The Car and Truck Fleet and Leasing Management Magazine

Lower Tire and PM Lower Tire and PM Maintenance CPM Flat in 2004

March 2005, by Mike Antich - Also by this author

Maintenance expenses for fleet cars were flat during the 2004 calendar year when compared to 2003. The main factors contributing to the stability of fleet maintenance costs in 2004 were longer oil drain intervals, extended tire tread wear, and increased life from ceramic brake pads. All other maintenance categories tracked in the survey were flat with a 1-percent or less change in cents-per-mile (CPM) expense compared to the prior year’s survey. These were among the key findings of the 10th annual fleet passenger car maintenance study conducted by GE Commercial Finance Fleet Services, a fleet management company headquartered in Eden Prairie, Minn. Their study was based on a survey of actual maintenance expenses incurred by 32,614 passenger cars during the 12-month period from Jan. 1 to Dec. 31, 2004.

Lower PM Costs
“A key reason for the decline in preventive maintenance (PM) expense in 2004 was the proliferation of onboard vehicle oil life monitoring systems,” said Tim Derochie, product manager maintenance and safety services for GE Commercial Finance Fleet Services. “There is a growing acceptance among fleets to go to a longer oil change interval period when using an oil life monitoring system. The extended oil change interval is becoming an industry norm,” said Derochie.

Longer Tire Tread Life Tire replacement expenses declined in 2004 due to ongoing improvements in tire quality that is resulting in longer wear life. “The overall quality of tires has improved dramatically in the past decade,” said Mark Lange, customer service specialist for GE Commercial Finance Fleet Services. “Tire life has been extended by 10 percent in the past five to 10 years, which has driven down overall CPM for tires. In 2004, tires represented the biggest decline in maintenance expenses.”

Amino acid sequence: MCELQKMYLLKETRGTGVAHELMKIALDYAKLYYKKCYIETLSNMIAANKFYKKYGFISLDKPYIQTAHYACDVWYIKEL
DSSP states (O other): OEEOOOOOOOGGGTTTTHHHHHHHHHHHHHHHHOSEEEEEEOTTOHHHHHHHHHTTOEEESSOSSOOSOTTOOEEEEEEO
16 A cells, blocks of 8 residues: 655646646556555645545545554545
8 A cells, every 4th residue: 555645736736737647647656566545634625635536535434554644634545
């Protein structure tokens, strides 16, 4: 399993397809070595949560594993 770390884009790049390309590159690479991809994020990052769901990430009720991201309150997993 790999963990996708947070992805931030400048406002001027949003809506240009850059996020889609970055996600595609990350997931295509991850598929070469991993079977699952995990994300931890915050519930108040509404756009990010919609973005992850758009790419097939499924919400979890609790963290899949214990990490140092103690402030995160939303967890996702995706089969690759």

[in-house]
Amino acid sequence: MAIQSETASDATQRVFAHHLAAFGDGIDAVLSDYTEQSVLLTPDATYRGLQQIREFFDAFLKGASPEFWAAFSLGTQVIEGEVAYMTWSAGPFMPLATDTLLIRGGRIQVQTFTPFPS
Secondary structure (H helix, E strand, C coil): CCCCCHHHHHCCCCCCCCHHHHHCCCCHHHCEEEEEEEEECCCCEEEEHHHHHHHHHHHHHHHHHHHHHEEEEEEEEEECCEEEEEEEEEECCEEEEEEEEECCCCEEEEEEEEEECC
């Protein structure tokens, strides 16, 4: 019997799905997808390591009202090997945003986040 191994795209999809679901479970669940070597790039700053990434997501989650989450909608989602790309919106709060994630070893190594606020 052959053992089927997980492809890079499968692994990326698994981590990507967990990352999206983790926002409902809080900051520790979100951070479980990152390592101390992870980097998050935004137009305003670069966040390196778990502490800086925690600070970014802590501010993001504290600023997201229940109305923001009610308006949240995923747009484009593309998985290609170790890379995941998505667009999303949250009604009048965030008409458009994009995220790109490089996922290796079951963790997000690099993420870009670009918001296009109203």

Decline in Brake Expenses

Brake expenses also declined in 2004, primarily due to the increased use of longer-lasting ceramic brake pads. “Depending on the replacement cycle parameters, it’s possible a vehicle could go through its lifecycle without having to replace brake pads,” said Lange.

Four Other Maintenance Trends

Increased HVAC Expense: There was a slight increase in the number of incidents and costs dealing with heat-ing, ventilation, and air conditioning (HVAC) systems. “This was because most new vehicles are equipped with cabin filters,” said Dale Nicholson, manager of maintenance services for GE Commercial Finance Fleet Services. “This was an expense that didn’t exist 10 years ago. It costs approximately $50 to replace a cabin filter.”

Lifetime Fuel Filters

“Some manufacturers’ vehicles are equipped with lifetime fuel filters,” said Lange. “In the past, fuel filters needed to be changed every 30,000-50,000 miles as a preventive maintenance. Now several models have a lifetime fuel filter/fuel system regulator in the fuel tank. At $75 per service, by eliminating the need for fuel filter changes, it has generated substantial savings.”

Stainless Steel Exhaust Systems
“The maintenance cost for exhaust systems has gone down because they are lasting longer,” said Lange. Vehicles are now built with a stainless steel exhaust system, which has increased longevity, especially in the Snow Belt areas of the country.”

Rising Labor Rates
“We are continuing to see labor rates go up,” said Lange. “Today, the average national account labor rate is $60 to $70 per hour, while the average labor rate at a dealership is between $90 to $100. Some high-cost metro areas, such as the San Francisco Bay area, have labor rates averaging $125-$150 per hour. See Charts below. Charts 1-7

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